As the piece progressed, I wondered if perhaps a more identifiable and unique theme could be established for the main Nocturne motive. I felt that the mood and movement was there and that a haunting melody to accompany it could make it even stronger.

    I couldn't ever quite get a handle on the episodic bursts, and I'm not sure if that's a problem or not. I think perhaps I was wanting those to develop a bit longer and have their own self-contained dramatic curves.

    I think you're saying that the recording itself is the least of your concerns right now. The point that Ron brought up and with which you concurred, about the soft passages being too soft - I find that a legitimate comment also. The dynamic range is SO huge, I had to keep adjusting my volume knob - now too soft, now too loud. It can be tricky, but part of the challenge of mixing music is to narrow its dynamic range without robbing it of its dynamic variety.

    I really appreciate you posting this work-in-progress. I wish you the best of times as you continue working on it!

    Randy B.
    (rbowser)

  6. #6

    Re: Nocturne in C Sharp Minor

    You have been busy Samantha. It does make me think of harry potter and friends. Nice job. I am looking forward to hear the final product.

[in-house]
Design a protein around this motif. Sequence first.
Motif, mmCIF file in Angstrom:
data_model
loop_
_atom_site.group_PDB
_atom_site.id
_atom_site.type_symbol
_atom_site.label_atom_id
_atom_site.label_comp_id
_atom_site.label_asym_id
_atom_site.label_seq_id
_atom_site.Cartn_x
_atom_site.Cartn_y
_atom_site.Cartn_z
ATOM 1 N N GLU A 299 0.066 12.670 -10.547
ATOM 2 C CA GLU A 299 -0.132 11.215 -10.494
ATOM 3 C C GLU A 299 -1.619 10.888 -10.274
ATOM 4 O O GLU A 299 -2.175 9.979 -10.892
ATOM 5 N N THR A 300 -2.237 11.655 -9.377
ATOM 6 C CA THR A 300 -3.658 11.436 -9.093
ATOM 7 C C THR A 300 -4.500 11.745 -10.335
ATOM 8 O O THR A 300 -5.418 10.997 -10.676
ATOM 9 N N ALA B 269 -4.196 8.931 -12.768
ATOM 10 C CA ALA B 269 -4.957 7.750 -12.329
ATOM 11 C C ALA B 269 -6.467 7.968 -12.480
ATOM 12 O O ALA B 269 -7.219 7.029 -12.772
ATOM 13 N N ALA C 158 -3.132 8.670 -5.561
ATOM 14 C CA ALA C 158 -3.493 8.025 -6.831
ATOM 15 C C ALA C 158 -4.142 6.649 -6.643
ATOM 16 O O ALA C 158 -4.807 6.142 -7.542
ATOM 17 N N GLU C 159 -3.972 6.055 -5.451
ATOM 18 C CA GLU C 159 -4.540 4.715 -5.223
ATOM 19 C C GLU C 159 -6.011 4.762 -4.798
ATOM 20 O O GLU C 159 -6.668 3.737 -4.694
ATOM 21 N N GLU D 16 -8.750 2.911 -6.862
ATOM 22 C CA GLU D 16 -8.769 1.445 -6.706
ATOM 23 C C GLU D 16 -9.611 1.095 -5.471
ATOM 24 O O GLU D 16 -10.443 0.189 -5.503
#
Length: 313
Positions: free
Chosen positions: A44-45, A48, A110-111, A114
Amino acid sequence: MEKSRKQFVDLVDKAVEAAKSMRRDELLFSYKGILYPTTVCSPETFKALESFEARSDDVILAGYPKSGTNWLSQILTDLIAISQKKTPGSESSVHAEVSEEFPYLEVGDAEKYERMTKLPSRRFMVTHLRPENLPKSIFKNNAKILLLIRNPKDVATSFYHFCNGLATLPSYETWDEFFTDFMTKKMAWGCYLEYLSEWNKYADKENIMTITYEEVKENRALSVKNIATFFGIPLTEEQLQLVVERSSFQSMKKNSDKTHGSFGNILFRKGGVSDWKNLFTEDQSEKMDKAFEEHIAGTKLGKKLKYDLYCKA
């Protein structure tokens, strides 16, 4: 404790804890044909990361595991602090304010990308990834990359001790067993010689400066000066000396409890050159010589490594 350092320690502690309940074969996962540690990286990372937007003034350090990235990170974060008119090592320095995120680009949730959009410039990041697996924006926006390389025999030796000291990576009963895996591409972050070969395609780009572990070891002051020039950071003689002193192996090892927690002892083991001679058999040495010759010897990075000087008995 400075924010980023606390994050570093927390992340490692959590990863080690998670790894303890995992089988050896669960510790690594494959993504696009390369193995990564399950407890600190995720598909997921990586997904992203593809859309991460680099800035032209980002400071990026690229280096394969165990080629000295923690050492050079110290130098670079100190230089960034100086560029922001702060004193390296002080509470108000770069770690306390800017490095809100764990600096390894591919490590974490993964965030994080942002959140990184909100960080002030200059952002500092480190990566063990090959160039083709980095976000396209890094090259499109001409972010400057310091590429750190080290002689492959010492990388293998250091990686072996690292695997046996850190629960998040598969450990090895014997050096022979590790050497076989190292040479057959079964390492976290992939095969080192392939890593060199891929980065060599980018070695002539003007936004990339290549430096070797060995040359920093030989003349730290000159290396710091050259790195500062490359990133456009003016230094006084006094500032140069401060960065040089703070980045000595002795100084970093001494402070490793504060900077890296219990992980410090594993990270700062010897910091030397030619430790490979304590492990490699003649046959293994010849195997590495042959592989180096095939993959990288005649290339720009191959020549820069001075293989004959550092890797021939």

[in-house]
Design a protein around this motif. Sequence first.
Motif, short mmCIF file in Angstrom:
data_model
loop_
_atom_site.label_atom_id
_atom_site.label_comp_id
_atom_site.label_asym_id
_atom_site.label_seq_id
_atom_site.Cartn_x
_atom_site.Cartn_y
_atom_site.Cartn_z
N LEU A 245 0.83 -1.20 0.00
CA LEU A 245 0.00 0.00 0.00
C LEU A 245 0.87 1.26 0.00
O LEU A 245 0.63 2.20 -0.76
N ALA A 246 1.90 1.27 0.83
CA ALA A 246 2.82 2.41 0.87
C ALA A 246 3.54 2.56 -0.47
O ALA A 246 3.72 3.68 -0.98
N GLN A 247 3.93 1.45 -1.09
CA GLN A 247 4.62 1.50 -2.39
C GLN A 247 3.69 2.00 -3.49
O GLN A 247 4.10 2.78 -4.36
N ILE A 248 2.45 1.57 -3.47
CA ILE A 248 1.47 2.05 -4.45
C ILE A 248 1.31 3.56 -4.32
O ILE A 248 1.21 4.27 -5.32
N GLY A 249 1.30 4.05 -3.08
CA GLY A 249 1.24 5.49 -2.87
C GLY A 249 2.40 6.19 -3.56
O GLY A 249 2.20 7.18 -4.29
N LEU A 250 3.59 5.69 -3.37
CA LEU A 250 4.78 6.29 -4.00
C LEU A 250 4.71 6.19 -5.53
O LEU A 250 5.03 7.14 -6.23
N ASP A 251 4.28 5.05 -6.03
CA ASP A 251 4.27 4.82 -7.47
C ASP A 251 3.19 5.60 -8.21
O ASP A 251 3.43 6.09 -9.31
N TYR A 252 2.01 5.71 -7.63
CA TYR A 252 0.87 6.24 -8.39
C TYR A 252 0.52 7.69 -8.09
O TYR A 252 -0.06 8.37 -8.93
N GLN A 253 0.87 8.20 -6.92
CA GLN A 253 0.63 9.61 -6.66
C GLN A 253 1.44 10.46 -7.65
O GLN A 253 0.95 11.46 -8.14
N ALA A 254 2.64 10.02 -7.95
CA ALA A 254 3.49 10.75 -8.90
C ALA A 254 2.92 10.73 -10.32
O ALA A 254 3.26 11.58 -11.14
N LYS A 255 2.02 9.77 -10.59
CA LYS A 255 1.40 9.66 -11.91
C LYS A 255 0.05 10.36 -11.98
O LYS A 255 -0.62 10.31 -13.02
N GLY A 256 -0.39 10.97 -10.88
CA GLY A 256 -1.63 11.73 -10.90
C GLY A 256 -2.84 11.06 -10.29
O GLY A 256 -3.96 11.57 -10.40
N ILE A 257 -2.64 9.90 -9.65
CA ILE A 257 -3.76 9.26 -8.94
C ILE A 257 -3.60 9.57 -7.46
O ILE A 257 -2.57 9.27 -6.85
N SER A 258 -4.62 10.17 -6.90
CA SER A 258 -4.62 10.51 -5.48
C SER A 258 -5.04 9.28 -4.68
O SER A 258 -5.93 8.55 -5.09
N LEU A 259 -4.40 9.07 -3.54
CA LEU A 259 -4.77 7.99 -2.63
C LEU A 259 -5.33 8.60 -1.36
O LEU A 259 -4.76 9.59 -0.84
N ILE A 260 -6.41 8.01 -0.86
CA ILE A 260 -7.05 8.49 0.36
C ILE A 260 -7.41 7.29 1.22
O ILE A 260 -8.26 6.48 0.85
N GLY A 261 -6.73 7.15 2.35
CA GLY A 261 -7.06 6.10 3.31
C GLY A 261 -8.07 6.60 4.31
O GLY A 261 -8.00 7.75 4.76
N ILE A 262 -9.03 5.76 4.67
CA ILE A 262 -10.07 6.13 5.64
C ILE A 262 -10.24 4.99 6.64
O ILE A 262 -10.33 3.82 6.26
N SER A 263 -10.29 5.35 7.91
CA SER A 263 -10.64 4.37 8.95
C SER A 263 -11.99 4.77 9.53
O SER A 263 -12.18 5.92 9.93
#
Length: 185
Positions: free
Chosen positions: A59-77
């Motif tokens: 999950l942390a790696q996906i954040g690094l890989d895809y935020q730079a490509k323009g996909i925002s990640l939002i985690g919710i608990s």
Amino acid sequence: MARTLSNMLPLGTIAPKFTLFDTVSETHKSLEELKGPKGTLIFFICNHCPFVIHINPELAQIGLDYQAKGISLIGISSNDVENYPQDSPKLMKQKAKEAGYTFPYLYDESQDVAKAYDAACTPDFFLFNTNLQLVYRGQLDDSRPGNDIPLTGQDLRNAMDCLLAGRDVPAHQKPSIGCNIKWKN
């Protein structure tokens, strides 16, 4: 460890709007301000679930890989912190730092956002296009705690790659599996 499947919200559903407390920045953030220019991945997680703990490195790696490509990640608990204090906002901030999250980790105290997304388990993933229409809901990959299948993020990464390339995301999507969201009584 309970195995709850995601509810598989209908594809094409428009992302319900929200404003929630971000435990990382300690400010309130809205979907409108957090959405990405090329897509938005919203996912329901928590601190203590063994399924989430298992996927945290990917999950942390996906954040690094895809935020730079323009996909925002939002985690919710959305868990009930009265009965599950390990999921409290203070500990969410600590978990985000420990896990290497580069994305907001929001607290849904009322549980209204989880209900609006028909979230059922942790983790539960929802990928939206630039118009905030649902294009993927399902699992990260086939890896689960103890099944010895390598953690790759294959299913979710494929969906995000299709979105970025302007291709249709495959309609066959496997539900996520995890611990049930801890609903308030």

-Jay

  7. #7

    Re: Nocturne in C Sharp Minor

    Hi Samantha, I haven't read the book yet (my wife and daughters are all itching for me to do so so they can talk about it openly).

    This piece really works for me as is.

    I am thinking that a simple version with Piano and Cello only would really work well.

    Great Job.

    I look forward to hearing how you evolve it further.

    Alan

  8. #8

    Re: Nocturne in C Sharp Minor

    Quote Originally Posted by rbowser-
    Hi, Samantha - I got excited to see you had a piece of music posted here--such a rare occasion! And now that I've taken a listen, I sure wasn't disappointed.

    I admire the work you've set for yourself, and the approach you're taking this time. You said you've been working, and will continue working, on this piano arrangement, and then will open it up into an orchestral piece. That, in a nutshell, is my way of working and I find it works well.

    What I heard was a firmly somber Nocturne, interspersed with interesting and surprising episodes which momentarily throw things into other moods and keys, to be answered immediately by the ever-present main theme. The effect is perhaps of an ominous and danger-filled night with unexpected powers swooping at us but which are swept away each time by the greater power of the omnipresent night - something like that.